Wednesday, April 04, 2012


It was an odd morning this morning; cold and windy again, and consequently just three birds ringed: two Dunnocks and a Short-toed Treecreeper. The treecreeper is only the 32nd national record for Sweden and the first since spring 2010, so a real mega bird.

In the hand, the bird was actually fairly straightforward to identify. The most striking feature was the long bill. Here it is (top) compared to last week's Common Treecreeper (bottom):
Contra the literature, colour of the supercillium seems of little use in identifying this bird — in fact, it appeared whiter than on the Common Treecreeper; that said, the supercillium on the Short-toed does appear to be less prominent in front of the eye.

The flanks differed from last week's Common Treecreeper — the Short-toed Treecreeper (left) showed brownish blotching, compared to the Common Treecreeper's uniform greyish-white fading to slightly browner (right). Bear in mind that the Common Treecreeper should be of the nominate subspecies:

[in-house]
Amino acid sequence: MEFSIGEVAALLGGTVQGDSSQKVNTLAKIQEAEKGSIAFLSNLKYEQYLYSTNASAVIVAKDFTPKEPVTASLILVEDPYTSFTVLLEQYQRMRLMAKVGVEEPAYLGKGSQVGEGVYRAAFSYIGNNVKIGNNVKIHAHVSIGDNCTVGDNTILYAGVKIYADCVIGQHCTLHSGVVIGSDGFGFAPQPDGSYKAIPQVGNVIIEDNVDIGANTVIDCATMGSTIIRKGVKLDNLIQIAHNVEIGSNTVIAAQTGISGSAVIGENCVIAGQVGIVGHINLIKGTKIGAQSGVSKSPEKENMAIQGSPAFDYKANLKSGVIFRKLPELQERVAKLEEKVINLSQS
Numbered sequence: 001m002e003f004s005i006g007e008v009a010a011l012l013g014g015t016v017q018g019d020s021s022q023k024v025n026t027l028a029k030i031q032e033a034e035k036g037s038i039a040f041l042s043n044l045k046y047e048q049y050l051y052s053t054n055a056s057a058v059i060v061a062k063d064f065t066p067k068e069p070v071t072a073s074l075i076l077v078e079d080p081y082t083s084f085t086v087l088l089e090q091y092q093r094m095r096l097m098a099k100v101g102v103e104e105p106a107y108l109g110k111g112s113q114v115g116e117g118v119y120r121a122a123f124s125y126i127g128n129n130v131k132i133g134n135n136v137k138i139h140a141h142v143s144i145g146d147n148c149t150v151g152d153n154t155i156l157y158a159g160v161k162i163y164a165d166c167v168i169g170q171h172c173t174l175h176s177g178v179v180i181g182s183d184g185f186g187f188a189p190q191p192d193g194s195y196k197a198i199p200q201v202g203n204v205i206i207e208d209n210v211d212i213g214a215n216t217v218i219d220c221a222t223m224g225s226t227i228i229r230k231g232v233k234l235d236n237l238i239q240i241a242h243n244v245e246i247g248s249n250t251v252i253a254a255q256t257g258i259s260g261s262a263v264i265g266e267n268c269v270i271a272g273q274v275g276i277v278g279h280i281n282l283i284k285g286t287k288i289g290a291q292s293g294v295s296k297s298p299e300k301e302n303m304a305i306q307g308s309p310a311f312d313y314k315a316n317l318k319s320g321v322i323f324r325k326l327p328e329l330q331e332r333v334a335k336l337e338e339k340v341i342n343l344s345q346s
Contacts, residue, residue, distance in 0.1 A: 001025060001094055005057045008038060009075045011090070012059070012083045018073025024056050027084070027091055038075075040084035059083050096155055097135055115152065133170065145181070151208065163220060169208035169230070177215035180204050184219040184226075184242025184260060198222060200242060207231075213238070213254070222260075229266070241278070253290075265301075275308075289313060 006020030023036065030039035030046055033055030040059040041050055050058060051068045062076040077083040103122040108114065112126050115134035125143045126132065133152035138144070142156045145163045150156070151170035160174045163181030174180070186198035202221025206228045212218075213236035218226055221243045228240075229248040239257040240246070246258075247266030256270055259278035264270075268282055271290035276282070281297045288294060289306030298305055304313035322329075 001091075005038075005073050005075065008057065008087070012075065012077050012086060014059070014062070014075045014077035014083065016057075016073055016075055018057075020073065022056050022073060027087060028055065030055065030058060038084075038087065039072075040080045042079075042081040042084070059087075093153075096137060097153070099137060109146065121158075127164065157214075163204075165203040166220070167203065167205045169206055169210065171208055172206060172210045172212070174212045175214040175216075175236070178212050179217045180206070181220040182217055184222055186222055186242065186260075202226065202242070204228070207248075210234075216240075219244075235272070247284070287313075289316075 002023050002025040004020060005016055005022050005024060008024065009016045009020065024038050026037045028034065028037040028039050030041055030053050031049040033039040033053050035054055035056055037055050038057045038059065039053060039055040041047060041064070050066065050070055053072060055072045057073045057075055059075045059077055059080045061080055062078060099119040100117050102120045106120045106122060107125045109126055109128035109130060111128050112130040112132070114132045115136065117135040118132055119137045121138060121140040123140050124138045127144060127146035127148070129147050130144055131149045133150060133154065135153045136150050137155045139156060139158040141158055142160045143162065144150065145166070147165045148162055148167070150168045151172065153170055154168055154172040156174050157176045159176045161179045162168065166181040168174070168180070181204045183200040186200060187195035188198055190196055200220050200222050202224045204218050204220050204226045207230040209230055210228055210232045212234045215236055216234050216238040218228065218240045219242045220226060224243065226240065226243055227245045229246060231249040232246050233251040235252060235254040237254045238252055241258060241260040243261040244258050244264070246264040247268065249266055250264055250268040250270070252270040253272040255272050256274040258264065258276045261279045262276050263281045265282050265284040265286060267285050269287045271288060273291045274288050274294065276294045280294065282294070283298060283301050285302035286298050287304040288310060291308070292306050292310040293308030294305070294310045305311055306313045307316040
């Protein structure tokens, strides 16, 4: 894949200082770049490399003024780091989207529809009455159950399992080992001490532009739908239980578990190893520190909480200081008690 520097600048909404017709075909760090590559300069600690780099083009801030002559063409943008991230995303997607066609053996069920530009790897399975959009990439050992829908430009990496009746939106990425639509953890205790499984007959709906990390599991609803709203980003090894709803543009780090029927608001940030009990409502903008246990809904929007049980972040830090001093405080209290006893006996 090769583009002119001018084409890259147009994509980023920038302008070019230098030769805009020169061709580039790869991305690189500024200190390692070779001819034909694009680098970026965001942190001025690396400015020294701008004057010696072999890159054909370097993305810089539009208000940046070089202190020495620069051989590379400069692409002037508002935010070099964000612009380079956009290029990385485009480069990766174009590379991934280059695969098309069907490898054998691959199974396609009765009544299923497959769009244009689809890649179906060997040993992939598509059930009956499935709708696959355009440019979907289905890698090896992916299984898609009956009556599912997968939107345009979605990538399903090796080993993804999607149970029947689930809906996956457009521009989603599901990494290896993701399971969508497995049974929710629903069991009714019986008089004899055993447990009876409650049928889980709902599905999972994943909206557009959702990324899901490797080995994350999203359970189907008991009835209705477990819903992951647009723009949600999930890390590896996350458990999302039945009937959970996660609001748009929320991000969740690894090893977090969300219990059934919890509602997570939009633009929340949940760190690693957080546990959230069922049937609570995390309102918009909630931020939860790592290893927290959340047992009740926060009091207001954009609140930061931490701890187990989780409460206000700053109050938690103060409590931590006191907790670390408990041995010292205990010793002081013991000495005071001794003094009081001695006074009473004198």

But it's the wing markings that really clinch the identification:
Note the pale spots at the tip of the primaries on the Short-toed (left) compared to the 'wrap around' pale tips on the Common Treecreeper (right).

The Short-toed Treecreeper (top) was actually slightly atypical in that it didn't show the usual white fringe to the outer web of the A3 (large alula feather); however, everything else was typical for the species and this individual lacked the obvious 'step' in the primaries markings and showed a rather small mark on P7 — the Common Treecreeper (below) shows both an obvious 'step' in the primary markings and a large marking on P7.

The bird was aged as a 2cy and tentatively sexed as a male on the basis of wing length.
The primary coverts show a similar though less extreme pattern to last week's Common Treecreeper — the pale tip extends further up the shaft on the outer web of the feather than it does on the inner. Iris colour confirmed the age.

And here is it after it was released:

That's basically it for this morning. The only sighting of note was a flock of six Common Cranes that circled over the lighthouse, and a few Sandwich Terns that were cutting the corner by flying across the peninsular via the golf course.

We stopped briefly at the harbour road pools on our way to the supermarket this afternoon — water levels were very high and the only bird of note was a smart Red-necked Grebe loafing with Tufted Ducks.

This afternoon, a Ring Ouzel was sighted near the golf club house. We took a walk down there but failed to locate the bird; we did however find this Short-eared Owl that showed well as it hunted along the reef off Flommen:

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